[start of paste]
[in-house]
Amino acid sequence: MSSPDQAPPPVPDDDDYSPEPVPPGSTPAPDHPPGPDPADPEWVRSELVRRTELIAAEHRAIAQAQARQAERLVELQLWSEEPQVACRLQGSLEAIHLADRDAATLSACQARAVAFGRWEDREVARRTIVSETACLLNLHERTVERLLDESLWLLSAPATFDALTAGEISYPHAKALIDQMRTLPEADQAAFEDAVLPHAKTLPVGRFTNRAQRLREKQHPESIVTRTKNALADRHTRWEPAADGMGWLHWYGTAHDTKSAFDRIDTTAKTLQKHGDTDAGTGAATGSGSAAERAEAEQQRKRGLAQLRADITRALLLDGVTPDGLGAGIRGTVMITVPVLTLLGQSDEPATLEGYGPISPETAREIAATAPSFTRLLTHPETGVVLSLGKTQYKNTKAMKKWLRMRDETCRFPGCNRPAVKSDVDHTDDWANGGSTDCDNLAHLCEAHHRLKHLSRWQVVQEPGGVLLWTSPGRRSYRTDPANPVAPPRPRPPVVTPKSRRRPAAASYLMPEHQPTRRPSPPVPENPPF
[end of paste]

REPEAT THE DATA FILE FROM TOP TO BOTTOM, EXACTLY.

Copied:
[in-house]
Amino acid sequence: MSSPDQAPPPVPDDDDYSPEPVPPGSTPAPDHPPGPDPADPEWVRSELVRRTELIAAEHRAIAQAQARQAERLVELQLWSEEPQVACRLQGSLEAIHLADRDAATLSACQARAVAFGRWEDREVARRTIVSETACLLNLHERTVERLLDESLWLLSAPATFDALTAGEISYPHAKALIDQMRTLPEADQAAFEDAVLPHAKTLPVGRFTNRAQRLREKQHPESIVTRTKNALADRHTRWEPAADGMGWLHWYGTAHDTKSAFDRIDTTAKTLQKHGDTDAGTGAATGSGSAAERAEAEQQRKRGLAQLRADITRALLLDGVTPDGLGAGIRGTVMITVPVLTLLGQSDEPATLEGYGPISPETAREIAATAPSFTRLLTHPETGVVLSLGKTQYKNTKAMKKWLRMRDETCRFPGCNRPAVKSDVDHTDDWANGGSTDCDNLAHLCEAHHRLKHLSRWQVVQEPGGVLLWTSPGRRSYRTDPANPVAPPRPRPPVVTPKSRRRPAAASYLMPEHQPTRRPSPPVPENPPF